Why We Are the Way We Are:
The New Science of Evolutionary Psychology
Is monogamy natural for men? For women? Where does sibling rivalry come from? Why do parents favor some children over others? What evolutionary advantages might come from having low self-esteem? What are the biological roots of self-deception? These are among the questions that have made The Moral Animal one of the most provocative science books in recent years, as well as one of the most genuinely important.
As he presents the latest findings in the emerging field of evolutionary psychology—which views human behavior in light of Darwinian theory—Robert Wright unveils the unconscious strategies that shape our romantic choices, familial feelings, friendships, and office politics. And on a deeper level, this book compels us to rethink our most basic moral assumptions, with lasting implications for our public policy as well as for our intimate daily actions.
Chosen by The New York Times
as one of the ten best books of the year
Acclaim for The Moral Animal
The Boston Globe:
A brilliant and troubling attempt to look into who we really are.… Wright’s book constantly goads the reader to introspection, to fresh perspectives about one’s choices and place in society.… A subtle and stimulating interpretation that deserves wide debate.
This clever and stimulating book is destined to become a classic.… Like Charles Darwin’s On the Origin of Species and Richard Dawkins’s The Selfish Gene, it could well change the way people think and feel about their lives—perhaps even how they behave.… The book is packed with insight into many current dilemmas. It is, into the bargain, an intellectual entertainment argued with wit and style.
Steven Pinker, The New York Times Book Review:
Fiercely intelligent, beautifully written and engrossingly original.… A feast of great thinking and writing about the most profound issues there are, and a treat for any thinking person.… Lucidly explains our understanding of the evolution of human moral sentiments and draws out provocative implications for sexual, family, office and societal politics.… Mr. Wright writes with a consistent, irreverent wit that does not hide a heartfelt seriousness of purpose.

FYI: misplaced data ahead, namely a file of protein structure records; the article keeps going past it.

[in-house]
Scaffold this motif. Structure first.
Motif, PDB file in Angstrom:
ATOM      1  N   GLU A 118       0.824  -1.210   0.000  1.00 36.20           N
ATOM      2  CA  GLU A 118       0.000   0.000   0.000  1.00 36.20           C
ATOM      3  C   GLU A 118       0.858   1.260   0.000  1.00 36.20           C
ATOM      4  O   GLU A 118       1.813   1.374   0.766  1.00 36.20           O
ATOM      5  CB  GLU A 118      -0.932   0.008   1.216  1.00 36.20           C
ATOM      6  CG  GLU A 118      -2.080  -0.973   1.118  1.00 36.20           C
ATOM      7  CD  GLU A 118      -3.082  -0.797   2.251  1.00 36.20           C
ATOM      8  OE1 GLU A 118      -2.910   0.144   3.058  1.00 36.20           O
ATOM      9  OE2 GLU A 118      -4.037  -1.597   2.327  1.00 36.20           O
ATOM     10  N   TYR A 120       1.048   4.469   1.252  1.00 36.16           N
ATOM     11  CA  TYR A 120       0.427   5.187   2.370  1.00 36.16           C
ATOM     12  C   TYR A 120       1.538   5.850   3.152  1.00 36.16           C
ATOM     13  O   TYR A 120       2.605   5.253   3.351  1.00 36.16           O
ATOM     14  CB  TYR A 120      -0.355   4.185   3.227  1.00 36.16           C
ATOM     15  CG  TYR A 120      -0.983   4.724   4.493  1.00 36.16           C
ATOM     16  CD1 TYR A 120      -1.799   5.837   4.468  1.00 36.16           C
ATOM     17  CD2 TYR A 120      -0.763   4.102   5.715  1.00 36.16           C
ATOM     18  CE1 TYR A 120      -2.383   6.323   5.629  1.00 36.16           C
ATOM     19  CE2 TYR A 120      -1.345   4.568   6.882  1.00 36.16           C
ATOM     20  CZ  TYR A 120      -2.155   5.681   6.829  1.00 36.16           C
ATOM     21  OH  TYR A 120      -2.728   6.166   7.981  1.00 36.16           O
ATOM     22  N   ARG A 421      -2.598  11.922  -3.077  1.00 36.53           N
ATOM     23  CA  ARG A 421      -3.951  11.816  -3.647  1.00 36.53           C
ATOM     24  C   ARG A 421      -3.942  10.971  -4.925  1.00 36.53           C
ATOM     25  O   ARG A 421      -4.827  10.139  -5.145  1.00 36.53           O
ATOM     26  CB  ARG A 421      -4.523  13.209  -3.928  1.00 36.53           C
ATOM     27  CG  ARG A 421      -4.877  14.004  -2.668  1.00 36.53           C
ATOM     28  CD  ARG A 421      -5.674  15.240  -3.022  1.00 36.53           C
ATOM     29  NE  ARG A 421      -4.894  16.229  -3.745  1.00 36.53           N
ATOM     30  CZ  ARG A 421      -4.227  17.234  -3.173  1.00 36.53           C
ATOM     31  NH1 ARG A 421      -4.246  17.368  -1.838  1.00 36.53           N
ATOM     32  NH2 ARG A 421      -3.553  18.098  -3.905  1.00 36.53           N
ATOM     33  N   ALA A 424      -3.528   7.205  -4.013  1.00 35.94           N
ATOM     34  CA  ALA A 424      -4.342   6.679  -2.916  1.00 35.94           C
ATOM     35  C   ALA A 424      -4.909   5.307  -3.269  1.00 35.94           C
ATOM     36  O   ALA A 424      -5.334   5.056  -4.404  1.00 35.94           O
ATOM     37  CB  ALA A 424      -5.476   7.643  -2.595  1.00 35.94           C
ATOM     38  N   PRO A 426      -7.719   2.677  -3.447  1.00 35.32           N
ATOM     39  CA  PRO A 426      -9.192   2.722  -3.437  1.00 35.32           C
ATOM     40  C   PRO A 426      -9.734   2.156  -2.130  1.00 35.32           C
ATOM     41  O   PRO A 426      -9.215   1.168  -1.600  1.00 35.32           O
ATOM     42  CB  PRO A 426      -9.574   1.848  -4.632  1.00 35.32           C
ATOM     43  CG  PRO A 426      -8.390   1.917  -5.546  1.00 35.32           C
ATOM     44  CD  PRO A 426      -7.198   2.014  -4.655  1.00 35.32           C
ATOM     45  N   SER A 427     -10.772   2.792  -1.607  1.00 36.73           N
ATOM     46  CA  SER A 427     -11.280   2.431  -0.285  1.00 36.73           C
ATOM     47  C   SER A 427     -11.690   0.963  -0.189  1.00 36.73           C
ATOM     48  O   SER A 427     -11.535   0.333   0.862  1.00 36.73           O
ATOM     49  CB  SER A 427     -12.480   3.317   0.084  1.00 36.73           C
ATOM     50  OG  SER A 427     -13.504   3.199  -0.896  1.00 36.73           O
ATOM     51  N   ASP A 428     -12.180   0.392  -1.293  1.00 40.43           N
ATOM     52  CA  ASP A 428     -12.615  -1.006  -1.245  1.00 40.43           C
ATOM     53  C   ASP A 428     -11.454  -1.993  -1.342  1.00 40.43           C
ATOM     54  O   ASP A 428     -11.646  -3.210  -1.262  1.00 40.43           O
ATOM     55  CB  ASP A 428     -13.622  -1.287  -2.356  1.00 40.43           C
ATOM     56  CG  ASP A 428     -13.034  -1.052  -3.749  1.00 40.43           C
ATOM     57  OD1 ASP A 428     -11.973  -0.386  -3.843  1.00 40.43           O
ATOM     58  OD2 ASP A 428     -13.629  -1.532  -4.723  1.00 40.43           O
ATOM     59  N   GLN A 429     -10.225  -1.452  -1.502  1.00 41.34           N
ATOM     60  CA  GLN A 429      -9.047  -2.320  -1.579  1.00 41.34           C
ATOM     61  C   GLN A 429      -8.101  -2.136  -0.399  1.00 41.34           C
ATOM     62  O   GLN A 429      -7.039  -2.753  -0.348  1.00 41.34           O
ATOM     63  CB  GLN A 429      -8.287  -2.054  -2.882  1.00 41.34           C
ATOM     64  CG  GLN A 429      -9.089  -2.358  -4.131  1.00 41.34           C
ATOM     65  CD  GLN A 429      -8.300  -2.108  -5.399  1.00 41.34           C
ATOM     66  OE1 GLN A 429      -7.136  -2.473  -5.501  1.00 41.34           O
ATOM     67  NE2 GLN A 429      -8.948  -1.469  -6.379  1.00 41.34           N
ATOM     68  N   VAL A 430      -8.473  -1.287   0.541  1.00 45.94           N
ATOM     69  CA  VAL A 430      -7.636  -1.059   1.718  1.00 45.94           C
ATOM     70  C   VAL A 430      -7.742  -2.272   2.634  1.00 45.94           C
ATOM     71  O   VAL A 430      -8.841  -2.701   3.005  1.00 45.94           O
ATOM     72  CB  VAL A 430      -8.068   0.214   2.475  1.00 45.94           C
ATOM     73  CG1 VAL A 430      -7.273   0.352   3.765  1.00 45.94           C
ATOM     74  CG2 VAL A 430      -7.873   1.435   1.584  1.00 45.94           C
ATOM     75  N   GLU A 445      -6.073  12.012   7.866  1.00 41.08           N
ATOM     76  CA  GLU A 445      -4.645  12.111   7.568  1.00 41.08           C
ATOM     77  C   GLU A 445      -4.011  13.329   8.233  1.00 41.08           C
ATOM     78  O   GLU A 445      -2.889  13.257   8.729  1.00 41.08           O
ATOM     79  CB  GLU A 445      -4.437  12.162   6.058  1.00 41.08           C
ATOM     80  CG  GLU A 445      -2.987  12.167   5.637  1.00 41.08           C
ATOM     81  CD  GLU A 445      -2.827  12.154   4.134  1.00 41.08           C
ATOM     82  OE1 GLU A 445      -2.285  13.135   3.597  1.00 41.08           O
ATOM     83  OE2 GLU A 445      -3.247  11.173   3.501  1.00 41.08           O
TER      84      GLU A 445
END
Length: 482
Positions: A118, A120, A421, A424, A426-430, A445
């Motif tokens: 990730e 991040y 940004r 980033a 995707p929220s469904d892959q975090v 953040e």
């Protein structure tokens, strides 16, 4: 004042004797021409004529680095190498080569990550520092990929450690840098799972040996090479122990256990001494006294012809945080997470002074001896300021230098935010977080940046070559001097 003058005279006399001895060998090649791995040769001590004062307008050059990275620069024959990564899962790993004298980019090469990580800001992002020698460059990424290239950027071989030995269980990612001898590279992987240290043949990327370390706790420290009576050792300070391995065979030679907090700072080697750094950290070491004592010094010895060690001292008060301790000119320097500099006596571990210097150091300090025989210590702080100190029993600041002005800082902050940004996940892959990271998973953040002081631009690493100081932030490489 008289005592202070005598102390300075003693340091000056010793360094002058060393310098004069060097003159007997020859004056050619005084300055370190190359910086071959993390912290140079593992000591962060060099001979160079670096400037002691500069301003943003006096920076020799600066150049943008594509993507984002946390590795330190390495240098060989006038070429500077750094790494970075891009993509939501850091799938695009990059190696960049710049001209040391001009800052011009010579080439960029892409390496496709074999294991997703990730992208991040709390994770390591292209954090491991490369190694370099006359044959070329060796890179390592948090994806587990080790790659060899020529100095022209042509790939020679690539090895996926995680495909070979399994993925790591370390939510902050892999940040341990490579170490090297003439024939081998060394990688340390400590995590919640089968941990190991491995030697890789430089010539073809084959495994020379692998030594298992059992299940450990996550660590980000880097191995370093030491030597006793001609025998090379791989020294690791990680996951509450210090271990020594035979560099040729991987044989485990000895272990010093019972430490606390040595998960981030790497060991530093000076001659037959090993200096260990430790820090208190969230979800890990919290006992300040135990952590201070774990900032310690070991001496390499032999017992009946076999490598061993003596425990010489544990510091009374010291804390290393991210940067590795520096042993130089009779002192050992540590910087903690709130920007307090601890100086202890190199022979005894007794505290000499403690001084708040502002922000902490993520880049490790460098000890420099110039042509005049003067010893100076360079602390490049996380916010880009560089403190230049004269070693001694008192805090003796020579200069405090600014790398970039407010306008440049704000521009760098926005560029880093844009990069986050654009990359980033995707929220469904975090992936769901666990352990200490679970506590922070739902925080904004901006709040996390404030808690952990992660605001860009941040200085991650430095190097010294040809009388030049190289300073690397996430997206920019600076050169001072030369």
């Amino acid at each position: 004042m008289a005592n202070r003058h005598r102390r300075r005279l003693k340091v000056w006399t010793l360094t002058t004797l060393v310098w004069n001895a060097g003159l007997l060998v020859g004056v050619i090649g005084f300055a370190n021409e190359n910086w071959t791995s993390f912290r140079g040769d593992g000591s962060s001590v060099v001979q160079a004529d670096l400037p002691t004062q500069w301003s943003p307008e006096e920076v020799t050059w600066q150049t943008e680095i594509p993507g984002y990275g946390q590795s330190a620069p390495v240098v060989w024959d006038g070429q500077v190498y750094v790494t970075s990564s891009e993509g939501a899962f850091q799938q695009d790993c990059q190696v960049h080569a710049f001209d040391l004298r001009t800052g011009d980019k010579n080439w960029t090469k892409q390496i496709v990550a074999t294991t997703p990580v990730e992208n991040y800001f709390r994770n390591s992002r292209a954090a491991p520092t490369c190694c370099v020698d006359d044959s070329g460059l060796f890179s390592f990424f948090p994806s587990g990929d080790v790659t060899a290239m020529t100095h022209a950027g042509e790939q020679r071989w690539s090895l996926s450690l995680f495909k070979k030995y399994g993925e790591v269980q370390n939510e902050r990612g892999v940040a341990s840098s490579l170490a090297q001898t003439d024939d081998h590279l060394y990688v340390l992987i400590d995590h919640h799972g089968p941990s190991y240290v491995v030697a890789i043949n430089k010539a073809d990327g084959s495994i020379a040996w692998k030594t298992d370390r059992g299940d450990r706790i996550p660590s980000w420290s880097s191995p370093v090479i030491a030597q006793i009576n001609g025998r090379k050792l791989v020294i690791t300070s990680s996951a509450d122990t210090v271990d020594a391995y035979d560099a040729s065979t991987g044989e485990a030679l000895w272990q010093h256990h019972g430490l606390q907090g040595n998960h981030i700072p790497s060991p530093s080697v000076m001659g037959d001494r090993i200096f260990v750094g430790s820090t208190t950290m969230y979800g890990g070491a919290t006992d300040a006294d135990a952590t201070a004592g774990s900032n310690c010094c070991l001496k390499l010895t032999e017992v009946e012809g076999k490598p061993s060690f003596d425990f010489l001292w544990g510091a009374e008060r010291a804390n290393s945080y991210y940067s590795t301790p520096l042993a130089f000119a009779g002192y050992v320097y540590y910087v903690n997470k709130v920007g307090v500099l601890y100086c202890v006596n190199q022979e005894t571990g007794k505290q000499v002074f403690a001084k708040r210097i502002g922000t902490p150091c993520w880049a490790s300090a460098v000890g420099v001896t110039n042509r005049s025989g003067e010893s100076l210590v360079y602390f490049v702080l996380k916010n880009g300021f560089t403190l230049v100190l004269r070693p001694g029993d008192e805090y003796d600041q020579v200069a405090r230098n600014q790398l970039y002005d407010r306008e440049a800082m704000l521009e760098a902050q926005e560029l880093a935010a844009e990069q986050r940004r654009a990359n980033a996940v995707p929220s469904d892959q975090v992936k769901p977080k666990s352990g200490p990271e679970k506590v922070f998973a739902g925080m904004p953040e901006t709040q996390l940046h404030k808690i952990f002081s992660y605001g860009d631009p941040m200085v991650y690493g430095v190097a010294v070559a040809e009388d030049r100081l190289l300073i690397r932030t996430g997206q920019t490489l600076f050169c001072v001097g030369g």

The new field of evolutionary psychology—which seeks to explain human behavior, thought and emotions in terms of Darwinian evolution—finds its most articulate exponent in Robert Wright. In attempting to unravel the evolutionary logic behind friendship, romance, xenophobia, racism, sibling rivalry, and so forth, Wright leavens his presentation with wit and humor, interlacing a biographical profile of Charles Darwin, whose marriage, sex life, personal tragedies and travels in turns are thrust in a neo-Darwinian light.… The most sophisticated in-depth exploration to date of the new Darwinian thinking.
The Wall Street Journal:
Lively, engaging, and well-informed.
Matt Ridley, The Times Literary Supplement (London):
An eye-opening, thought-provoking, spine-tingling, mind-boggling, wish-I-had-thought-of-that sort of science book.
The Guardian (London):
An engrossing guide, written with wit and an eye to inducting the ignorant into evolutionary psychology.
Los Angeles Times:
Lucid and compelling.